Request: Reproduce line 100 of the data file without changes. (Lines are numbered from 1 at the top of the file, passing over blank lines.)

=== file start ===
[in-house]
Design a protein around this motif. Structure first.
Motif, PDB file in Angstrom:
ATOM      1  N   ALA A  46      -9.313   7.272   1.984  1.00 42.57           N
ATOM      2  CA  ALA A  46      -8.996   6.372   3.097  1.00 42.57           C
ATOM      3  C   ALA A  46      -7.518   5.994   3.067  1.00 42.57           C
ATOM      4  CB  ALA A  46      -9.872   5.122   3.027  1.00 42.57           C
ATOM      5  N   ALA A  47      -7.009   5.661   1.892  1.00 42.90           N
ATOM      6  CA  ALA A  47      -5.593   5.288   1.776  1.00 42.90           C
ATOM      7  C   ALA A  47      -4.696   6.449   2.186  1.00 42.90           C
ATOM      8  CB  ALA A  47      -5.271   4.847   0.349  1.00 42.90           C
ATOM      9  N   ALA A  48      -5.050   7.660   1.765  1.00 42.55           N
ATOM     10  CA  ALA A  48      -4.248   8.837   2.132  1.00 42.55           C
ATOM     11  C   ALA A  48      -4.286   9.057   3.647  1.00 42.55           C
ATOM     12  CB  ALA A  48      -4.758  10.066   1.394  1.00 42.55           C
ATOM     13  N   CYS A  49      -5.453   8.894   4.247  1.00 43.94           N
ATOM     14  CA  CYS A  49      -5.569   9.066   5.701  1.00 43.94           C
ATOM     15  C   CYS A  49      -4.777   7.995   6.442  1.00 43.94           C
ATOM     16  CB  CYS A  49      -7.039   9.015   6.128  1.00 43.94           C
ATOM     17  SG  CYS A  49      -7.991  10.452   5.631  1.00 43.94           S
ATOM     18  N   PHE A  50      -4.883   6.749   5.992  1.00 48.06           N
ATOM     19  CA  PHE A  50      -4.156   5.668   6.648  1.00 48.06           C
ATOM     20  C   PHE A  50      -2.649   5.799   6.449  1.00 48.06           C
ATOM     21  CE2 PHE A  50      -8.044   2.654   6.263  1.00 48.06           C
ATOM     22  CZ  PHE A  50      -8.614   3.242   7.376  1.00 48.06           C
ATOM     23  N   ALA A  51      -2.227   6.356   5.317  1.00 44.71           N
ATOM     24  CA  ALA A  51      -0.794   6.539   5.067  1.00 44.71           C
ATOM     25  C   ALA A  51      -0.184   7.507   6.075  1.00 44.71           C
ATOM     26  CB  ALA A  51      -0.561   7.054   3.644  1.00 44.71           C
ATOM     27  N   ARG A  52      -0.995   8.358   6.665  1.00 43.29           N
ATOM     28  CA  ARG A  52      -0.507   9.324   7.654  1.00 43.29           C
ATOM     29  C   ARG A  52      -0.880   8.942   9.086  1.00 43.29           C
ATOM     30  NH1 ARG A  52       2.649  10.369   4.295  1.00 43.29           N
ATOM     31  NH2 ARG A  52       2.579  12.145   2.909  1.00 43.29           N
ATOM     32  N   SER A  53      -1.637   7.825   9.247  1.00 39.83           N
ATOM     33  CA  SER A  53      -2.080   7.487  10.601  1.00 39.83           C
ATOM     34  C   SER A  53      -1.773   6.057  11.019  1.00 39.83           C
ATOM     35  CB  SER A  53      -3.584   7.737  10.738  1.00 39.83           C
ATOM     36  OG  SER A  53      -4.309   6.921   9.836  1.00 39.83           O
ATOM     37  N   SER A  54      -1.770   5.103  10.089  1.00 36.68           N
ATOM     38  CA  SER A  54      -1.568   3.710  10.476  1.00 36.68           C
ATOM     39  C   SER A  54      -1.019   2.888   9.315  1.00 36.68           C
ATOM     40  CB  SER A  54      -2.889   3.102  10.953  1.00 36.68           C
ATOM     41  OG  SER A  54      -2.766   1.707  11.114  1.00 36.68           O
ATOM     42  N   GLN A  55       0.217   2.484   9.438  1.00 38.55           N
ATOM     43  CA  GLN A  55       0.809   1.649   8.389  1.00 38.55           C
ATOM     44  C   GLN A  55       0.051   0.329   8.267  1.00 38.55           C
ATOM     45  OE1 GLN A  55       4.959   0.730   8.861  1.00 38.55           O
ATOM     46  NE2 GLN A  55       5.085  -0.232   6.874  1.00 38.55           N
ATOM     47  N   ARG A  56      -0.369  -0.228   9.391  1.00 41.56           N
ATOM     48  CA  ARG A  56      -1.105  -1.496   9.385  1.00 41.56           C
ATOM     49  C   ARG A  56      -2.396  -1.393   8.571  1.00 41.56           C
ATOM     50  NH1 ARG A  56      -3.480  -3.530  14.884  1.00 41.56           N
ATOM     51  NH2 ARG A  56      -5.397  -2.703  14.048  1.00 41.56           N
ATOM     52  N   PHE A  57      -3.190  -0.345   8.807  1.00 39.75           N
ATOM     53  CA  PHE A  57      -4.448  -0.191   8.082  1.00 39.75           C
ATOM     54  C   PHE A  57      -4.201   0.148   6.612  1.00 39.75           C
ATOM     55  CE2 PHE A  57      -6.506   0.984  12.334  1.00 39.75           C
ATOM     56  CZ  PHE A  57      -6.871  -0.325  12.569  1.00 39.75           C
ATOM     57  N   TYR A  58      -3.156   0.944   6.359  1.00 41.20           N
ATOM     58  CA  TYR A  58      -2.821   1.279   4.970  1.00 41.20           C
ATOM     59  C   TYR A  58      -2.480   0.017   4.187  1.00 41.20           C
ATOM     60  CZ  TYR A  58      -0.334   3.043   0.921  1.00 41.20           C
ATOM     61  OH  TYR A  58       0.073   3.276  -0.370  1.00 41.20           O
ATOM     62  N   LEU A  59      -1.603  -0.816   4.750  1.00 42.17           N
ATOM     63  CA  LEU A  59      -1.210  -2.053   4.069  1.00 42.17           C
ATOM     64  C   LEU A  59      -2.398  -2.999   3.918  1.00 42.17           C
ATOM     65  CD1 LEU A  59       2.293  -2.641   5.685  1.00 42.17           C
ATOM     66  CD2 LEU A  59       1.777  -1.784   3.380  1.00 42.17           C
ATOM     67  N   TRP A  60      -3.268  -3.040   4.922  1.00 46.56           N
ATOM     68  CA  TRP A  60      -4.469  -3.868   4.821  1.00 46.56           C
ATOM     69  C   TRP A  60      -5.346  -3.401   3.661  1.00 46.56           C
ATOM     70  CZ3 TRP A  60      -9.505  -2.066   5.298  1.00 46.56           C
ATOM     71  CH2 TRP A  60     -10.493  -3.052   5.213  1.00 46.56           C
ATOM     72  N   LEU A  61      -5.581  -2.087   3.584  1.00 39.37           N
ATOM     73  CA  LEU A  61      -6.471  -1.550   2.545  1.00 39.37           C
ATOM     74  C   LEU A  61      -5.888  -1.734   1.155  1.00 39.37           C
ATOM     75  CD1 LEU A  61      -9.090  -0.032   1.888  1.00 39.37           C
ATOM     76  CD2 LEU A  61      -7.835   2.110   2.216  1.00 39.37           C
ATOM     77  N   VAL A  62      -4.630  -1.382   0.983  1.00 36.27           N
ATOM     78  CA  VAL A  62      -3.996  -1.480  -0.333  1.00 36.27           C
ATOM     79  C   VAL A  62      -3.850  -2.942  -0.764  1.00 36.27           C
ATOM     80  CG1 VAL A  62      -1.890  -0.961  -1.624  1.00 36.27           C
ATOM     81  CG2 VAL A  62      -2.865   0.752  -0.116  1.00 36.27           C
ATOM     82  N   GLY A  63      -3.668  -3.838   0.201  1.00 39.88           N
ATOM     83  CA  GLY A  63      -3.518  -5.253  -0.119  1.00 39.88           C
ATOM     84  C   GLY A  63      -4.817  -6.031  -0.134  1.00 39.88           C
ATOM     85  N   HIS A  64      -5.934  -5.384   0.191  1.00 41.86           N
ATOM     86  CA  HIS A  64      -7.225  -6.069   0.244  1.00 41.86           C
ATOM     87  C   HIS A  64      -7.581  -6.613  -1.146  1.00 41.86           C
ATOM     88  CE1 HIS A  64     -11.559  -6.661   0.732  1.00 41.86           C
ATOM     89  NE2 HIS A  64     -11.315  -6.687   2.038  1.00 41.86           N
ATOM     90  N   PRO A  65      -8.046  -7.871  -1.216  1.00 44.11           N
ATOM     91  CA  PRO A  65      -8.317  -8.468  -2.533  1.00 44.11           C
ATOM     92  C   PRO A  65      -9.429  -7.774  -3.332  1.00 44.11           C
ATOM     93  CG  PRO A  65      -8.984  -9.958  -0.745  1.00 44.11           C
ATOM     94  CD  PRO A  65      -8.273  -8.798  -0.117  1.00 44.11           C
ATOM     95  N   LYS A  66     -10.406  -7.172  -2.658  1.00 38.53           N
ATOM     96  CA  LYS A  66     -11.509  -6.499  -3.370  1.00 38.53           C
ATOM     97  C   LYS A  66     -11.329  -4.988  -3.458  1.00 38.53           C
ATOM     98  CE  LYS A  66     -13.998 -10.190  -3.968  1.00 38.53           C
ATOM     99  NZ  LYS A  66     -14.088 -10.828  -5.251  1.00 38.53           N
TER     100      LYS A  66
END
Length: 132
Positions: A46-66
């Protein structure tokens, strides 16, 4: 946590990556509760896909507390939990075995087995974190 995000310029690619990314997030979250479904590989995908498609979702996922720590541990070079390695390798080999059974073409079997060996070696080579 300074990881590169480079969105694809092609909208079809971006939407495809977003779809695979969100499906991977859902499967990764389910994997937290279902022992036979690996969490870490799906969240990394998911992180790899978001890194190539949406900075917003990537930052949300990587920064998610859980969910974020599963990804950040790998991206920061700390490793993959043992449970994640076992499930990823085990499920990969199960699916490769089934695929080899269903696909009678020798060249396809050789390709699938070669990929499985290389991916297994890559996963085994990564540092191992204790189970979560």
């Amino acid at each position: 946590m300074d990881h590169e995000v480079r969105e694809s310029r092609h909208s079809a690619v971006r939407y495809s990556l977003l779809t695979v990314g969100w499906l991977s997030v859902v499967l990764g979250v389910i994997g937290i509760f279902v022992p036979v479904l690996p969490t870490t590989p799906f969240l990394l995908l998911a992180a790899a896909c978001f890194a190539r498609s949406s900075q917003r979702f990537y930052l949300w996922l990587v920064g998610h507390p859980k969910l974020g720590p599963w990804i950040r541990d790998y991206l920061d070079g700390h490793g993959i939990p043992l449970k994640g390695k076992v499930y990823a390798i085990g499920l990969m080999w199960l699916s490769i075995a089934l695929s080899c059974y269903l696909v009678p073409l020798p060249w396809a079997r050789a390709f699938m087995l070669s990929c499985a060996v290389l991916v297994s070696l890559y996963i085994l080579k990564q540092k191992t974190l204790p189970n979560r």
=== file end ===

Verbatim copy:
ATOM     97  C   LYS A  66     -11.329  -4.988  -3.458  1.00 38.53           C